Egypt needs its women back on the frontline.

Al-Must'arib (the vocational Mossarab)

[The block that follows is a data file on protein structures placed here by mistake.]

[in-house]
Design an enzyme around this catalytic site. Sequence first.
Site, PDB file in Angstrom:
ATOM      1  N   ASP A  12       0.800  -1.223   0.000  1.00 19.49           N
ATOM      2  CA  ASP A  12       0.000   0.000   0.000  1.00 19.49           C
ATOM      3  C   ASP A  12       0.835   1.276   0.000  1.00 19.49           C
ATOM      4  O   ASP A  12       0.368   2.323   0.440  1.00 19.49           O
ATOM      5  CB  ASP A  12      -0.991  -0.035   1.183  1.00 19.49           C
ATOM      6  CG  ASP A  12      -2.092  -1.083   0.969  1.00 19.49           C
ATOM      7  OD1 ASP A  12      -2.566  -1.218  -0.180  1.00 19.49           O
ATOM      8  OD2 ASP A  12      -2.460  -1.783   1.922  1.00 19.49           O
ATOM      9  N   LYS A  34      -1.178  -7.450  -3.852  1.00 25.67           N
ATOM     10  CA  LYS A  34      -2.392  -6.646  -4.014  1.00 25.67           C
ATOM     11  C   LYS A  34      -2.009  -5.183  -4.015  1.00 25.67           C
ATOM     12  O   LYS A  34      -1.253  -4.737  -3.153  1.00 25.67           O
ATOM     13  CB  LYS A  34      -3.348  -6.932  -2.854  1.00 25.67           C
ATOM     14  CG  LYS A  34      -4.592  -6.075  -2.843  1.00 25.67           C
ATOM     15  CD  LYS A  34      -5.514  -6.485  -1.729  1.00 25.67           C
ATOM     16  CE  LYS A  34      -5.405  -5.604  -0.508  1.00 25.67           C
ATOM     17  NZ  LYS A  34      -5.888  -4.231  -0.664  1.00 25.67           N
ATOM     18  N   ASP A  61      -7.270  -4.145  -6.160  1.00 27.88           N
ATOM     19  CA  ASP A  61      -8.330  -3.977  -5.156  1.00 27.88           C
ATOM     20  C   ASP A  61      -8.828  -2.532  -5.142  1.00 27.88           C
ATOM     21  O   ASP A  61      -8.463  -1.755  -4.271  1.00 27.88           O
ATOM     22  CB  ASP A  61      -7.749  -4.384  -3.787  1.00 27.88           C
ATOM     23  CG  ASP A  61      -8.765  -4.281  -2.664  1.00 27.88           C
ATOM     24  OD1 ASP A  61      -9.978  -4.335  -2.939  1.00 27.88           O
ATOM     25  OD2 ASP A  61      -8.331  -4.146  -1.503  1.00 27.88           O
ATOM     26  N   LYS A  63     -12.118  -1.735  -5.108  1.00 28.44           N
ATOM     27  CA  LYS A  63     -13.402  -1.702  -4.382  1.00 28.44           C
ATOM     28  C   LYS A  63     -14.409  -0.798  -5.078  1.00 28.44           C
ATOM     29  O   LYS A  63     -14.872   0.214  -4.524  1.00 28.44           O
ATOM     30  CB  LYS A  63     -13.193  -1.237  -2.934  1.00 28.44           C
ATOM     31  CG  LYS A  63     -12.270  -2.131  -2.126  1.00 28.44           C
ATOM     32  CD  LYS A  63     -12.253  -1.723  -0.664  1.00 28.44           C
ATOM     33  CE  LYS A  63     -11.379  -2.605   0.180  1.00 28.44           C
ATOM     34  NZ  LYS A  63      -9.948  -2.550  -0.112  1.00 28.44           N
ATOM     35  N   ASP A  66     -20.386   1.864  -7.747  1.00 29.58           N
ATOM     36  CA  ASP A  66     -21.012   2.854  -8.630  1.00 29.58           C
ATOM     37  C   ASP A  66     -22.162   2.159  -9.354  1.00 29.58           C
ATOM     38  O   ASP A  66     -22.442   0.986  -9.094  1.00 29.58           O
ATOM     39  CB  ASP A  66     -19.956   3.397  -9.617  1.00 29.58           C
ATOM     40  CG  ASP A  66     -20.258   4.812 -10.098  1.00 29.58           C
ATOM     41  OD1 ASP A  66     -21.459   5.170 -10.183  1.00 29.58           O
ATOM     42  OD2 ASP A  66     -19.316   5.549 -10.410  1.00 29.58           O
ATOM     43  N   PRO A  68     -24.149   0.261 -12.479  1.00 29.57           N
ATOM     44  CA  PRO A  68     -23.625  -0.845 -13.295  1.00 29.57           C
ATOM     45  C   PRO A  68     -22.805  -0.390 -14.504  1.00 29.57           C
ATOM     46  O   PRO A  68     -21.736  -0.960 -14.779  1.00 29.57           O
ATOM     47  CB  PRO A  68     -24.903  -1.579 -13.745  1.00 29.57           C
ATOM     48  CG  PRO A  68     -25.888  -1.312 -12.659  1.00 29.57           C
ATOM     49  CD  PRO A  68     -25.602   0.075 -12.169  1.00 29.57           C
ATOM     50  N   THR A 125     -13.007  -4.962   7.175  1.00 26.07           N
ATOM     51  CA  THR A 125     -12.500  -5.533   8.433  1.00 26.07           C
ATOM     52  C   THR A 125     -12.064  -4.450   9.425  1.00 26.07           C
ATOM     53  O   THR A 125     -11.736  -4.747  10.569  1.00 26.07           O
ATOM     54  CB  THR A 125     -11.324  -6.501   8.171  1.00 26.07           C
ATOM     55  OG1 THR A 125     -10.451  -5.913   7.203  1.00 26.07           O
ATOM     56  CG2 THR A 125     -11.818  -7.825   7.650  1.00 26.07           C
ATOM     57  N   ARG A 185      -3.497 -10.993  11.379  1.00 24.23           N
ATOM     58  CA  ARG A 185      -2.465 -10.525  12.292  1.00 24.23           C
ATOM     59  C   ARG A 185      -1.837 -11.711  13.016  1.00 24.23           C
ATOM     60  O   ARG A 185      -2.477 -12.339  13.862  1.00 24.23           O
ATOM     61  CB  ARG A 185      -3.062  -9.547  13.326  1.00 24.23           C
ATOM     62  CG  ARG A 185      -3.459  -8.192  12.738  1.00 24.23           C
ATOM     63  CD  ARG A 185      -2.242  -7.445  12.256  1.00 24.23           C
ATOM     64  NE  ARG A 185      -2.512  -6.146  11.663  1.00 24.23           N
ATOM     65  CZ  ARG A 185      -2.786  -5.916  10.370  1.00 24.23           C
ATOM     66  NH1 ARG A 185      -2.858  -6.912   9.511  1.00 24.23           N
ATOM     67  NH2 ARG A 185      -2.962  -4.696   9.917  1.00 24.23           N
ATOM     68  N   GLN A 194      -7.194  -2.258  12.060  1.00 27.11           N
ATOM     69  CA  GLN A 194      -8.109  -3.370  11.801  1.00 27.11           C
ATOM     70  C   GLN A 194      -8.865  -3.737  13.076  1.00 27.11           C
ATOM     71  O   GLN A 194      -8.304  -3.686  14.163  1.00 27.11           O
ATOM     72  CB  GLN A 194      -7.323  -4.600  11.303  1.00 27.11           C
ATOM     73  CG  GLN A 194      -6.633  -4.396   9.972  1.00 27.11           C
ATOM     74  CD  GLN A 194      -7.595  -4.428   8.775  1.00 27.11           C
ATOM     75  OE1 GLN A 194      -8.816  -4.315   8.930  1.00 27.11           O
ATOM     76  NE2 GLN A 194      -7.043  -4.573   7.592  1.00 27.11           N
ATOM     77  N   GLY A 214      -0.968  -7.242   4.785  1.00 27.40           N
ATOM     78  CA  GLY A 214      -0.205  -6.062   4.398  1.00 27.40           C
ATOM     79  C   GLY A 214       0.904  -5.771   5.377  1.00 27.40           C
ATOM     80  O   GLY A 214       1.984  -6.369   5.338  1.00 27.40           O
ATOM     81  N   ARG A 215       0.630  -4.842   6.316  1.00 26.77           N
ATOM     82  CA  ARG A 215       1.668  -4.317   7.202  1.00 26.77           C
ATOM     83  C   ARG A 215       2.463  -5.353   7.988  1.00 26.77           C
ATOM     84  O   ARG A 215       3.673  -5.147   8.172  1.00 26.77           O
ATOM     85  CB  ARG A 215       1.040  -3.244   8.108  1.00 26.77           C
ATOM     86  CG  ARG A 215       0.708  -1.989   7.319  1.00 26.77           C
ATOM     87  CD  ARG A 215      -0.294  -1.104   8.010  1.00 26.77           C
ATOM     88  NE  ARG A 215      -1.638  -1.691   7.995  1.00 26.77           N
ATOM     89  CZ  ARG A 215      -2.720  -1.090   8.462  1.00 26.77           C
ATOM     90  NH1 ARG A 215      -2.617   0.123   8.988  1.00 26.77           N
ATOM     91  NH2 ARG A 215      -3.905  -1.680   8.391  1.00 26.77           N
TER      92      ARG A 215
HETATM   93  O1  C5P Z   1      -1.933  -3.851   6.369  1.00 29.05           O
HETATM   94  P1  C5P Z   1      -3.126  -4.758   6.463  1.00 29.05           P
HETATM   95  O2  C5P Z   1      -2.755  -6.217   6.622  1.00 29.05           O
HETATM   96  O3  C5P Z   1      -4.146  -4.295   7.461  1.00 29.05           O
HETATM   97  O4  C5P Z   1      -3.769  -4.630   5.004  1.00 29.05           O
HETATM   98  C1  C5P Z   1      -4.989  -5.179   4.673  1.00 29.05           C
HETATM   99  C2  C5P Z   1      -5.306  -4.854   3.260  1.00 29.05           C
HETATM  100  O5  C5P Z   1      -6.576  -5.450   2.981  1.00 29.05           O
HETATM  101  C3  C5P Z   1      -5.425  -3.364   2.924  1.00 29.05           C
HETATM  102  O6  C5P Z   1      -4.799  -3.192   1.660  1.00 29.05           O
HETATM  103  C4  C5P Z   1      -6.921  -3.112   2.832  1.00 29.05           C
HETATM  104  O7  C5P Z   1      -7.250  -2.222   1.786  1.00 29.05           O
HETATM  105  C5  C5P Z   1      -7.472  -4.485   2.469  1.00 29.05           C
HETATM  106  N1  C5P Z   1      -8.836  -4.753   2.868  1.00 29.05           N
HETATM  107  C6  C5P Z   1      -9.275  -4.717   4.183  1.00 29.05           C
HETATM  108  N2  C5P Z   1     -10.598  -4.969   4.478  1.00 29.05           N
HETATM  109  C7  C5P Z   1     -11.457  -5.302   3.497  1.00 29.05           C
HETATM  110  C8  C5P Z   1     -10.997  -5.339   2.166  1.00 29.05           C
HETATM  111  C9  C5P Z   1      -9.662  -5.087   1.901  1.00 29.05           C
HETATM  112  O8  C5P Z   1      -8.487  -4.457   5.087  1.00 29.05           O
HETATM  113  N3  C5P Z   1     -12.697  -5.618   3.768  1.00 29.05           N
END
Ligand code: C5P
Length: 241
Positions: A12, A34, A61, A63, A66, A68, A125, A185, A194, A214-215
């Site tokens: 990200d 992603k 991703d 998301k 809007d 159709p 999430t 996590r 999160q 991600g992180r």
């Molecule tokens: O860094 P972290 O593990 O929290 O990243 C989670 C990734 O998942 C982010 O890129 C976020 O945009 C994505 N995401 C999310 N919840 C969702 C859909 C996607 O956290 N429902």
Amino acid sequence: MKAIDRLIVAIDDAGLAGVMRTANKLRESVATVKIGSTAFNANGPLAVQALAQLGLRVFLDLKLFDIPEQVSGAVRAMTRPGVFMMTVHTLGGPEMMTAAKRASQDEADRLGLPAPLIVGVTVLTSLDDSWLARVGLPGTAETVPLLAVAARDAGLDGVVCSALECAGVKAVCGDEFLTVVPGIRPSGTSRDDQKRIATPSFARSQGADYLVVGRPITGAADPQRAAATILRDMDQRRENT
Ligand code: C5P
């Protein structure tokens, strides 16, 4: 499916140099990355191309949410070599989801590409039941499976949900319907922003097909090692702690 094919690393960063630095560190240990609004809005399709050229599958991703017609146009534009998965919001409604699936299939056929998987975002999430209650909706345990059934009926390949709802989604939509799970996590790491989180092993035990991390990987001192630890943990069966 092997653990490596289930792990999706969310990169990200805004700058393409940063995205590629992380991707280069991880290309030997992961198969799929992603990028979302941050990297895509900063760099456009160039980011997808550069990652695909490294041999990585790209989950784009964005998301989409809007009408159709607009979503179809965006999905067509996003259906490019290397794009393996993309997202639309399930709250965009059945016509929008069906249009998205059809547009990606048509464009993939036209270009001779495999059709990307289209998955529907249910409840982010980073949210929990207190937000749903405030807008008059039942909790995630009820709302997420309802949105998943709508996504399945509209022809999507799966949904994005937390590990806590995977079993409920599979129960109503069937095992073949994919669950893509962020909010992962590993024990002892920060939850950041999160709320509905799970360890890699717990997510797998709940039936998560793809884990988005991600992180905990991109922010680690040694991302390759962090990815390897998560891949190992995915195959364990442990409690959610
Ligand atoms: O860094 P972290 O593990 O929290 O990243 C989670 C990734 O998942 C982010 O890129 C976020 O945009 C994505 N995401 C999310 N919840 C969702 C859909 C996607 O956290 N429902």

The security vacuum created by the collapse of the Mubarak regime not only enabled men with sick attitudes to women to roam the streets with relative impunity, it also unleashed the use of sexual violence as a political weapon to intimidate women from joining the uprising.This weapon of mass degradation has been employed to varying degrees by Egypt’s various leaders over the past two and a half years, from assaults and rapes on Tahrir Square to “virginity tests”.Although this has succeeded to some extent, many women have refused to be cowed and admirably still continue to play prominent roles in Egypt’s revolution, both for collective freedom and their own. Women have even braved further assault to protest against sexual harassment, while a number of campaigns have been launched to protect women attending demonstrations, such as OpAntiSh, and to monitor and combat the phenomenon, such as HarassMap.One recent attempt to reclaim the streets, ‘Hanelbes Fasateen‘, urged women to…

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